June 25, 2014

Rare stamps!!

real stamps on an envelope!

I actually got some stamps on an envelope in the mail this morning. The fact that it was from another dealer in Machin stamps says it all really. Are we the only people who are now using these? Is this 'collecting' lark merely a sort of self-perpetuating affair where Royal Mail know that we're the only people buying them and just produce all sorts of variations for the fun of it and watch contentedly as people like me write articles encouraging you to acquire this or that?

Oh well, for the benefit of those who are still awake and wondering what is new out there, here are the latest developments and issues.

The first is a 2nd Large DLR with M14L date code. Then there's a book of 12 Walsall 2nd CB showing M14L MTIL which will doubtless be the most frequently found stamp on post this year so not exactly worth a fortune but needed nonetheless if you're going to keep that collection complete.

Next we have three more DLR items. A 10p, 20p  and 1st Large showing M14L.

Now there's is something surprising. A new Post And Go print showing both Euro 20g and World 10g which are now the same price but it must have been confusing for people wanting to send something 9g to somewhere that wasn't in Europe. To be honest, I get confused by the rates and weights anyway and really do wonder whether this idea of NVIing everything is that bright after all.

It all started with 1st and 2nd and then E came along when we had a perfectly adequate 34p stamp (or whatever the rate was at the time). I suppose it did mean that we could buy stamps and carry on using them after a rate change and got a little bit of satisfaction from the fact that spending all that money in advance had saved us a few pence later. So those made some sense and it always seemed pretty reasonable to buy an Airmail envelope (actually, maybe that was where it started now I think about it) and just pay whatever the latest price was for the flimsy sheet of blue paper.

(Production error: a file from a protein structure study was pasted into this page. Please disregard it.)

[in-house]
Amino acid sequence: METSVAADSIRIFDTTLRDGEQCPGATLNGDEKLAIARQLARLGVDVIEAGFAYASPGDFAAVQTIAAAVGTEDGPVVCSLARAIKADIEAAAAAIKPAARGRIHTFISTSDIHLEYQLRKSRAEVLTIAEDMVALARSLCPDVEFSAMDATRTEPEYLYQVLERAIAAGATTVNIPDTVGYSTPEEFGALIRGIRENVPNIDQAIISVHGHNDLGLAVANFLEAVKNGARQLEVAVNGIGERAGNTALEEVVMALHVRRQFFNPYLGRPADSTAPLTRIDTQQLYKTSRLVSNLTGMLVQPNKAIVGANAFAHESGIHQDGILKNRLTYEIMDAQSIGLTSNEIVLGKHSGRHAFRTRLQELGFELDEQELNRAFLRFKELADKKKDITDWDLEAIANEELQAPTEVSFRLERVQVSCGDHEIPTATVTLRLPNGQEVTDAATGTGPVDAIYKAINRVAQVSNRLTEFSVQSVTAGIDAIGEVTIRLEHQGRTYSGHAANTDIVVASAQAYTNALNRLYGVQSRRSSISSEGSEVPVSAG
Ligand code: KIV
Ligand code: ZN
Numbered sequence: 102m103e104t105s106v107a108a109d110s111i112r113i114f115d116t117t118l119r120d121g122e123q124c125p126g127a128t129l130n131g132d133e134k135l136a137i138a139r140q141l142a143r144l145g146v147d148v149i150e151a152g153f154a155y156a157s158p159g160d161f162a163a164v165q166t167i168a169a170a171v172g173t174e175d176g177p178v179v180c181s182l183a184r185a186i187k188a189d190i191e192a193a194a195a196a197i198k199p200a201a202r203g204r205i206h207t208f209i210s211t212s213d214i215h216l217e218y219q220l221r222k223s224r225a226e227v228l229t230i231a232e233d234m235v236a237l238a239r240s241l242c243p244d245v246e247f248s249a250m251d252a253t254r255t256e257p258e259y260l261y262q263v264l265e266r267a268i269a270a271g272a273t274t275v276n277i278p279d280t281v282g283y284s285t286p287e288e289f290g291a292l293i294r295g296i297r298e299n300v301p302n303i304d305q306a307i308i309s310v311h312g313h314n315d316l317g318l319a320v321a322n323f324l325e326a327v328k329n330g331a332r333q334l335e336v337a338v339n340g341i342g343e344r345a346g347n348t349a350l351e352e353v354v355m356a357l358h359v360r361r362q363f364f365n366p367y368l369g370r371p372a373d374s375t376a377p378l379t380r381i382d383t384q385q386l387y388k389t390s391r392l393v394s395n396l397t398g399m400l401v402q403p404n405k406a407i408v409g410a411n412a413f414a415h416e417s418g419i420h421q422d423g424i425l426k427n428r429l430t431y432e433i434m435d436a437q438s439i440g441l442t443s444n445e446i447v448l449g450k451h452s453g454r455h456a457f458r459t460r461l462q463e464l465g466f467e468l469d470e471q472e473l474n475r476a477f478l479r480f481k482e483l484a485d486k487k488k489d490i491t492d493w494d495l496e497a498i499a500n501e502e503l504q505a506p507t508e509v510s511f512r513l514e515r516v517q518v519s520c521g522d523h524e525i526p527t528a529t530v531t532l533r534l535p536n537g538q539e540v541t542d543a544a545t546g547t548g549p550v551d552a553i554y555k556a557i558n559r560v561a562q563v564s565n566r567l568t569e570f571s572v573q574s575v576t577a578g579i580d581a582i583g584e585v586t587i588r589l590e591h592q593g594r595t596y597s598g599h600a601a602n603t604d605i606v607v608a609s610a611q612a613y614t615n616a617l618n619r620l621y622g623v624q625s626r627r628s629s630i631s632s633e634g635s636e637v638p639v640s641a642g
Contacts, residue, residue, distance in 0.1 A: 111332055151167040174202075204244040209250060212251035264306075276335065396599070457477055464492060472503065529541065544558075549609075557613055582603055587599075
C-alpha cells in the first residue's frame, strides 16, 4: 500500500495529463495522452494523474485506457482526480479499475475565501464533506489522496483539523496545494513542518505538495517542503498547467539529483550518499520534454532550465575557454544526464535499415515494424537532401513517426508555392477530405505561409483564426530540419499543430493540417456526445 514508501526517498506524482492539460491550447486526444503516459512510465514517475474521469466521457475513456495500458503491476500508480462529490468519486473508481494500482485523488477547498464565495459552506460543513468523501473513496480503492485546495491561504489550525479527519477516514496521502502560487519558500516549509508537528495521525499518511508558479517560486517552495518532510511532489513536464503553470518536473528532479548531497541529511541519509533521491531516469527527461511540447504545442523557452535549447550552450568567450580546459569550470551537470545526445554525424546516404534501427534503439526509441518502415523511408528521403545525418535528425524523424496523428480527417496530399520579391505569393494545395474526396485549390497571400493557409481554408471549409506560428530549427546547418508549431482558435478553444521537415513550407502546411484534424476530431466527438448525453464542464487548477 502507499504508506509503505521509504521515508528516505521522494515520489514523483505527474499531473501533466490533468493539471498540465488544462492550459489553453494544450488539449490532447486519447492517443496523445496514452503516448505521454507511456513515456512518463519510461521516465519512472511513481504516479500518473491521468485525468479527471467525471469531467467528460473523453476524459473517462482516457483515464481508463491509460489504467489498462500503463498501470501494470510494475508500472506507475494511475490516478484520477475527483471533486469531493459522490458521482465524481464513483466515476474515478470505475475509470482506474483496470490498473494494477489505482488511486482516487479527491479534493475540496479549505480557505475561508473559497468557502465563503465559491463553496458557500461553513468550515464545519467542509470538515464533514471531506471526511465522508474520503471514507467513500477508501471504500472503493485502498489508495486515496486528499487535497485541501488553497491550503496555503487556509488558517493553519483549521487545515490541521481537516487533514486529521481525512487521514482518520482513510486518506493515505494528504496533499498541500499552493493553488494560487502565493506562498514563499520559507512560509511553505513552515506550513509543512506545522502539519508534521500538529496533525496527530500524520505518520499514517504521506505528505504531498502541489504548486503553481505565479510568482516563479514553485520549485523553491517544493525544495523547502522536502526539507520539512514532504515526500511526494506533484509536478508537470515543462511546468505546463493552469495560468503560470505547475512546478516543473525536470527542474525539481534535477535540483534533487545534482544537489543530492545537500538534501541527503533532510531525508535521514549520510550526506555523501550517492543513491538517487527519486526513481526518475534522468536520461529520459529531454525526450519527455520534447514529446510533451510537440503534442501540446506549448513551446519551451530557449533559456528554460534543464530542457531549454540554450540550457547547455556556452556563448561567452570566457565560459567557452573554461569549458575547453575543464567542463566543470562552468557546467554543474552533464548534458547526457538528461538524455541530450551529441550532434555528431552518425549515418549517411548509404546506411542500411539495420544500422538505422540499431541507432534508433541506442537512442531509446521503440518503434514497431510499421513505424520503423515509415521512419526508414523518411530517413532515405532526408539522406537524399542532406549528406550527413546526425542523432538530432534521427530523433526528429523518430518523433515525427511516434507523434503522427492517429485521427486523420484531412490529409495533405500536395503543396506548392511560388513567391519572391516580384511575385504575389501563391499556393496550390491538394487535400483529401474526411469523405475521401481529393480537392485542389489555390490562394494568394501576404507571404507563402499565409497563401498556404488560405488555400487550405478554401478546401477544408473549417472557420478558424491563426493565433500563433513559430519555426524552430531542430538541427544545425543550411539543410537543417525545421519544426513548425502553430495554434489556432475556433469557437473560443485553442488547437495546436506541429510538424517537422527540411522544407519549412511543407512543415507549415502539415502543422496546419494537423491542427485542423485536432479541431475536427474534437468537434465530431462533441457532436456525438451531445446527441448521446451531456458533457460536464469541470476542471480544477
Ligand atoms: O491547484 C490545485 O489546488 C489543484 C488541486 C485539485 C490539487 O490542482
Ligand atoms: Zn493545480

The latest flurry of activity around these rates and weights, though, seems to be heading for confusion. They are trying to hang on to six for the 'collector's strips' as all sorts of problems will develop if there are numbers like 11 or 5. The NCR machine putting values on the labels seems to be going back to the original idea of a stamp but just adding the value at the end instead of us having to buy a range and make up the rate ourselves.

For now, though, the Post And Gos continue apace with these two overprint issues, 'The B.P.M.A. on Flags and Machin olives. Both these have the new dual value although here in Type 4 font at the same point size for both lines, unlike the NCR Type 2a font with its different sizes.

The Machin Post And Gos here all have an MA13 date code. I imagine there must be a lot of that year's backing around so it could be some time before we see MA14. The NCRs below are the 'normal' basic set which I think I have featured before but that may have been with no date code or a strip I had earlier. the Worldwide 10g and 40g values will exist as these were still in being when the first NCRs appeared and will be worth hanging on to.

Of course, there is still no mention from some dealers of the other NCRs - the ones with the actual values printed that I have written about recently. I am still none the wiser as to whether they are indeed likely to be a myriad different denominations for those. I am pretty sure there will be - a similar range to those we see on Horizon labels seems logical although perhaps the 'Signed For' denominations and one or two others can't be included because there would need to be some paperwork kept behind the counter and if someone had to queue up afterwards to hand that over it defeats the purpose of the automatic machines.

So far, I have to say that by far the most common labels I am seeing on post are the Horizon gold ones. They're awkward to collect but do seem to be the range that is surviving. I will write about them in an article soon.

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